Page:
Kvadrat at Home is the company's inaugural "residential showroom", offering a selection of textiles suited to domestic furnishings like rugs, curtains and cushions.
The retail space is set within the Design Centre Chelsea Harbour and will accommodate collections by the company's home-focused brands, Sahco and Kinnasand, as well as fabrics that Kvardat has made in collaboration with fashion designer Raf Simons.
Antwerp-based Vincent Van Duysen – who is also the creative director of Sahco – was tasked with developing the interiors of the 140-square-metre showroom.
He decided to create a library-like setting where different swatches of fabrics are placed on shelves of the store like books.
"Libraries are the epicentres of my interior and architecture work and their rooms – I'm a collector of books as well," Van Duysen told Dezeen. "So I said why not create a library of fabrics?"
"You come into the showroom, away from the other shops, and you get an immediately residential feeling – you come into a room within a room," he continued.
"It gives a kind of freedom where you can sit down, feel comfortable, convivial and discuss the fabrics within the library."
Floor-to-ceiling shelves made from larch wood have been built into the showroom's walls, all painted a dark shade of grey.
Swathes of sample fabrics are suspended from hangers at the bottom of the shelves, while cushions and decorative vases are displayed in the narrower slots.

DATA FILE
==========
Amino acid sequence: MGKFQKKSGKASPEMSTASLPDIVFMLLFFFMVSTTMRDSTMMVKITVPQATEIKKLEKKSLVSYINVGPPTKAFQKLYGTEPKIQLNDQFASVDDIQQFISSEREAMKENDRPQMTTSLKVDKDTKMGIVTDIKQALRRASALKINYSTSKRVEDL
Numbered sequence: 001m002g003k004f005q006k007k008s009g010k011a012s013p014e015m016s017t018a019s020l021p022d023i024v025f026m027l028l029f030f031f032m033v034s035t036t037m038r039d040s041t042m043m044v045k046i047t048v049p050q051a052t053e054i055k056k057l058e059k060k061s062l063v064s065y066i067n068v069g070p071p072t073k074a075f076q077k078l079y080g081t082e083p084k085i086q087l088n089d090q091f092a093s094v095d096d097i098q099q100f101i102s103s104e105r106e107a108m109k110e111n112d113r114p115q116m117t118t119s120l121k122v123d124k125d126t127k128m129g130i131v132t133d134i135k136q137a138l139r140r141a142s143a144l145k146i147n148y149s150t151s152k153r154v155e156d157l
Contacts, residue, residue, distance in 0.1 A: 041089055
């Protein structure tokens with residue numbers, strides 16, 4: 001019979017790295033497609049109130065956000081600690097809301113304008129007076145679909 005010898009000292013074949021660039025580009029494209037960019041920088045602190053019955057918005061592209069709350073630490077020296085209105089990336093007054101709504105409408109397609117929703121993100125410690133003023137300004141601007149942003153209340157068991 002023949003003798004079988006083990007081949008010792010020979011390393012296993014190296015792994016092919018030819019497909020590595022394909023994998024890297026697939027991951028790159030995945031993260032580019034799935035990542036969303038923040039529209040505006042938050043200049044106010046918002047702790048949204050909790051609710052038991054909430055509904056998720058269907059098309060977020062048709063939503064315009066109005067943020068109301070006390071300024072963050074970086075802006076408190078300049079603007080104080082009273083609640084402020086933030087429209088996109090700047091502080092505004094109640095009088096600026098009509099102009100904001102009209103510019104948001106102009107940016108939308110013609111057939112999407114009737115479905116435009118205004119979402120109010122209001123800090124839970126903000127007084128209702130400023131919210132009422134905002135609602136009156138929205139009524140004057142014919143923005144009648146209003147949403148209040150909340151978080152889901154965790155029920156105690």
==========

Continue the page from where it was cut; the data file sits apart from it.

Two oak-wood tables offer customers a place to sit and have consultations with staff. Sea-green stools by Molteni&C have been slotted underneath.
Oak has also been used to craft the service counter and the light-hued Dinesen floorboards that run throughout the showroom.
At the entrance of the store is a small display area where the company can create homely set-ups that showcase the company's products. At the time of opening, it featured a wall hanging comprised of mismatch blue-tone fabrics, a side table and two rounded armchairs perched on a black edition of the Kvadrat Semis rug.
"I don't like 'soulless' showrooms where you just have an amount of furniture that's stacked. I wanted to offer a full concept of living," explained Van Duysen.
"For me, there can be the maximalism of stripping things down – of getting to the core. Michelangelo said simplicity is the highest degree of sophistication, and I think I believe in that," he said.
"We're all living in a fast-tracked digitalised world, where everything has to happen right now. I'm a sensualist, a person that really wants to go to the bones and take away all the excess. I want to give calmness and serenity back to the people, and slow down processes."